Baker will speak at 10 a.m. in Memorial Center. Composer and Johnson City native Kenton Coe will deliver the address at the 2 p.m. ceremony.
Baker's public service career began in 1966 when he became the first Republican popularly elected to the U.S. Senate from Tennessee. He gained national recognition in 1973 as vice chairman of the Senate Watergate Committee.
Three years later, he was keynote speaker at the Republican National Convention, and he was a 1980 candidate for the Republican presidential nomination.
He concluded his Senate career in 1985 after two terms as majority leader from 1981-85 and two terms as minority leader between 1977 and 1981.
From February 1987 until July 1988, he served as President Ronald Reagan's chief of staff.
Beginning as a delegate to the United Nations in 1976, Baker developed extensive foreign policy experience. He served on the President's Foreign Intelligence Board from 1985-87 and again from 1988-90.
A member of the Council on Foreign Relations and the Washington Institute of Foreign Affairs, he serves on the board of the Forum of International Policy and is an international counselor for the Center for Strategic and International Studies.
Baker served as the 26th U.S. ambassador to Japan, an appointment made by President George W. Bush in 2001.
Since retiring from political life, Baker has been senior counsel to the firm at Baker, Donelson, Bearman, Caldwell & Berkowitz PC, founded by his grandfather in Huntsville.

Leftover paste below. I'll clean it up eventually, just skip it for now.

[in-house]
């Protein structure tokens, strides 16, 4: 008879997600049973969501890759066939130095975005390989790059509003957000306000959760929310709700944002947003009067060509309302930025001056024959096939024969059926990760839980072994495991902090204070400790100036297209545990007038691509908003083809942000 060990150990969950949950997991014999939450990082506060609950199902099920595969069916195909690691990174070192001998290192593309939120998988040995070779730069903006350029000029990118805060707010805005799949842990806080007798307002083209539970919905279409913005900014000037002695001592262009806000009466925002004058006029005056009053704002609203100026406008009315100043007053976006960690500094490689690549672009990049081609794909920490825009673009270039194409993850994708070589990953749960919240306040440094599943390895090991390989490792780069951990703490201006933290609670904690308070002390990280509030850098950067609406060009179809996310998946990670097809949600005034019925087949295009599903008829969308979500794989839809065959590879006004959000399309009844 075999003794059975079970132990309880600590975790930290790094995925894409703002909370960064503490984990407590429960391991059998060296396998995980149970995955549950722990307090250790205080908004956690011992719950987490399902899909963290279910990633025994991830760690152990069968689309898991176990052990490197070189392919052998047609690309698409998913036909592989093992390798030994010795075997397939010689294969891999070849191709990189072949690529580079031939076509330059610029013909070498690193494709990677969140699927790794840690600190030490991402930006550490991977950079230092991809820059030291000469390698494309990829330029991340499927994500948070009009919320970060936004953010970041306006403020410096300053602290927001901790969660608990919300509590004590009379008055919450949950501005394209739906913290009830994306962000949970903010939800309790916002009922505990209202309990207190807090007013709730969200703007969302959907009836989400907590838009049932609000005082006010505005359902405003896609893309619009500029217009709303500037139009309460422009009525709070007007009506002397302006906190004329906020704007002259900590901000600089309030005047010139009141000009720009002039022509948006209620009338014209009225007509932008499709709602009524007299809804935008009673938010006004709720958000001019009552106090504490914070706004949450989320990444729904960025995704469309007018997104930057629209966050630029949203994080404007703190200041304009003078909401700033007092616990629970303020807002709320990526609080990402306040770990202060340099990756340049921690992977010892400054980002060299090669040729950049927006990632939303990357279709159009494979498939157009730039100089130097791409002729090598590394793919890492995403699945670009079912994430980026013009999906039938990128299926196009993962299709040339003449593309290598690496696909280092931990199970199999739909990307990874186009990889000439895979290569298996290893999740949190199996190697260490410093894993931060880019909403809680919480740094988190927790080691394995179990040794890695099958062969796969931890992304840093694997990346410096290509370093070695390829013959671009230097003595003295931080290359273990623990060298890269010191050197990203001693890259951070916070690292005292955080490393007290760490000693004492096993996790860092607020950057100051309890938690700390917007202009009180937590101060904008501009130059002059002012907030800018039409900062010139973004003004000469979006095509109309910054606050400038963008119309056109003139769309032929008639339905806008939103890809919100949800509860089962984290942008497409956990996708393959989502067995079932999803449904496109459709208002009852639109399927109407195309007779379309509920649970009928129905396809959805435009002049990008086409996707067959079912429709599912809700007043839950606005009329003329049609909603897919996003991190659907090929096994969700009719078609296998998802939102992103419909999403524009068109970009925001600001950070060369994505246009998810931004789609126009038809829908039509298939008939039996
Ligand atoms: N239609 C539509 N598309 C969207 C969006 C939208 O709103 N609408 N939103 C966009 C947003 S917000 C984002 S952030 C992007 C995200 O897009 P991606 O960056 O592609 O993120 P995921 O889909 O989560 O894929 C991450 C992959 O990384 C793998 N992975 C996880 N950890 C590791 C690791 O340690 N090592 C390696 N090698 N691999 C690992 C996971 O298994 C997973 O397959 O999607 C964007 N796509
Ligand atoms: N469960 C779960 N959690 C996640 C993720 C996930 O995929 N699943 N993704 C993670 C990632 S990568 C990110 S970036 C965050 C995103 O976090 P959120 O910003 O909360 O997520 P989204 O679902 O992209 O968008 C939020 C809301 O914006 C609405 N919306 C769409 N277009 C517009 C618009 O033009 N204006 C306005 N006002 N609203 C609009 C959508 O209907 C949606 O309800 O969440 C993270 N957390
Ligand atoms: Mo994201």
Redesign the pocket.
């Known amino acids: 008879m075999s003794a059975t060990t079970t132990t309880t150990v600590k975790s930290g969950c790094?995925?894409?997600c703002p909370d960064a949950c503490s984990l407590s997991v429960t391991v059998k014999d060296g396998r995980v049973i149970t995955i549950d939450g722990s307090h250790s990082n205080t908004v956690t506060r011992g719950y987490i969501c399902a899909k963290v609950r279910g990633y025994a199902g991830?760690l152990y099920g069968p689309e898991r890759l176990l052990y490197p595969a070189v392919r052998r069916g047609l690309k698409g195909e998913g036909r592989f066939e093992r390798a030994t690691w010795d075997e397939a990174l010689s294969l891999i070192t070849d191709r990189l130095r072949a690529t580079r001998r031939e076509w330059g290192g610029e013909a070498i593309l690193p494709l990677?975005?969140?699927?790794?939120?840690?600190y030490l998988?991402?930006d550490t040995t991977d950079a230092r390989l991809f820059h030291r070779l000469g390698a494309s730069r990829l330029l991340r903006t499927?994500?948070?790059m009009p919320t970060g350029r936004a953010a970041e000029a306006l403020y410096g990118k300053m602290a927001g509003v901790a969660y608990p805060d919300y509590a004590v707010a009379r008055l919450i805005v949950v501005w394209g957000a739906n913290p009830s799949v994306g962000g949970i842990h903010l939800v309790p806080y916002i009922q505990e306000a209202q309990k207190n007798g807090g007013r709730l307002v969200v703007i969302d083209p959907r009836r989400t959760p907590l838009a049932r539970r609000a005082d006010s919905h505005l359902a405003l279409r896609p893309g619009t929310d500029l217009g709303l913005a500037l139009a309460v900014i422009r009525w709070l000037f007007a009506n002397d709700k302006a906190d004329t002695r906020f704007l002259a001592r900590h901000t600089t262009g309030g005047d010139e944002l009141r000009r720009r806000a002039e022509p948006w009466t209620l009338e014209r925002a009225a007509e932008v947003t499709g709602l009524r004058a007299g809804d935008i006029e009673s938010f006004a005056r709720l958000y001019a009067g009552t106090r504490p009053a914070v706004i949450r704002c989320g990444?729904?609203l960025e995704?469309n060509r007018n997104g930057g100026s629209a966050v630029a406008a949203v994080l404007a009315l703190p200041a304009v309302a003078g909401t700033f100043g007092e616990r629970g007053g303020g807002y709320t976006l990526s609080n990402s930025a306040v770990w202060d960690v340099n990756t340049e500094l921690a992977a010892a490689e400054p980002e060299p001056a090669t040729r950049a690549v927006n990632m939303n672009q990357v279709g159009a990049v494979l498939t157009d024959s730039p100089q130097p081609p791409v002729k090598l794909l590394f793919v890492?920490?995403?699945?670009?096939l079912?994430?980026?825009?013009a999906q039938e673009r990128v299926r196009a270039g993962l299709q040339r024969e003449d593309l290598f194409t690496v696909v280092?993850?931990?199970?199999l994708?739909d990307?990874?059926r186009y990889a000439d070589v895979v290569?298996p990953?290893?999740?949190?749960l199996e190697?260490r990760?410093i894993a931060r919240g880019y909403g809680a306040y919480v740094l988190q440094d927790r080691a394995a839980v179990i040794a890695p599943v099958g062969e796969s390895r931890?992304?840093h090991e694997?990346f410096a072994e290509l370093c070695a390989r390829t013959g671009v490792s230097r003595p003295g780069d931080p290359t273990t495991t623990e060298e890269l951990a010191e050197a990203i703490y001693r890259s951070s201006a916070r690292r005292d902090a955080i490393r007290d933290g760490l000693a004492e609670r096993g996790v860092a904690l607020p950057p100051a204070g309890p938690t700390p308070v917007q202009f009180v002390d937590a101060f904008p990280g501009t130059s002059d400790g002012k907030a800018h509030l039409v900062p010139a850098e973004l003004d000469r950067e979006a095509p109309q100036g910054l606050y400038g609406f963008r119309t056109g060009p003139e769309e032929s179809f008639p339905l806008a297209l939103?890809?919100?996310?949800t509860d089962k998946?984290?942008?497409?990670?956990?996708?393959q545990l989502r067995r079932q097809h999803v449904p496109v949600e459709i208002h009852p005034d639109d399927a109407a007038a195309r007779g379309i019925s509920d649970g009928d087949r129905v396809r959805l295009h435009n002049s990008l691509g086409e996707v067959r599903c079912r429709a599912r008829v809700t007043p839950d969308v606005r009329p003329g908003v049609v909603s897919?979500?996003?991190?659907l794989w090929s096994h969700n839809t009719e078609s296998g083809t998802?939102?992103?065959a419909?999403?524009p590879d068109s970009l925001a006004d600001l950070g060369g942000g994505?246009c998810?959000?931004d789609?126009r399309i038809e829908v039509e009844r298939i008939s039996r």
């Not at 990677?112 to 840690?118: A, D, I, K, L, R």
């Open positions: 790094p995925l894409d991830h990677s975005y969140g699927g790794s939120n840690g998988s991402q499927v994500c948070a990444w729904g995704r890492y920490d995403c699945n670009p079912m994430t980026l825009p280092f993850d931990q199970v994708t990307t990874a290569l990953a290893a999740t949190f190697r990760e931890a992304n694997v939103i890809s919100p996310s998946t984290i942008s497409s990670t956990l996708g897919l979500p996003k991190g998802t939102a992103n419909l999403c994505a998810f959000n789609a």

Baker formerly practiced at the firm with his father, the late U.S. Rep. Howard H. Baker. Baker focuses his practice on public policy and international matters.
He is the recipient of the 1984 Presidential Medal of Freedom, the nation's highest civilian award, and the 1982 Jefferson Award for Greatest Public Service Performed by an Elected or Appointed Official. In addition, he has received honorary degrees from such institutions as Yale, Georgetown, Bradley and Pepperdine universities and Dartmouth and Centre colleges.
Coe began his musical training at the Cadek Conservatory in Chattanooga and continued his studies in Knoxville before attending Sewanee Academy.
After studying at Hobart College in upstate New York, he graduated from Yale University with a degree in music history. He worked privately in France with Nadia Boulanger both at the Paris Conservatory and the American School at Fontainebleau, receiving two French government scholarships at her request.
Sponsored by noted composer Aaron Copland, Coe received two fellowships from the MacDowell Colony, where he began his first full-length opera, "South," which was premiered in 1965 by the Opera of Marseilles. Since then, he has composed numerous operas and musical plays, including the one-act comedy "Le Grand Siecle"; "Rachel," based on the tragic love story of Andrew and Rachel Jackson; "The White Devil," based on the Jacobean play by John Webster; "The River," about early Tennessee settlers; "The Morning Watch"; "The Legend of Candy's Creek"; and "Summer Gardens."
Coe's compositions have been performed in such prestigious venues as the National Gallery of Art in Washington, D.C.; the Church of the Holy Trinity and Trinity Church-Wall Street in New York; and the international Spoleto Festival in Charleston, S.C.
In addition, Coe has composed musical scores for numerous films including Universal's "Birds in Peru" and all of the documentaries by Johnson City native Ross Spears.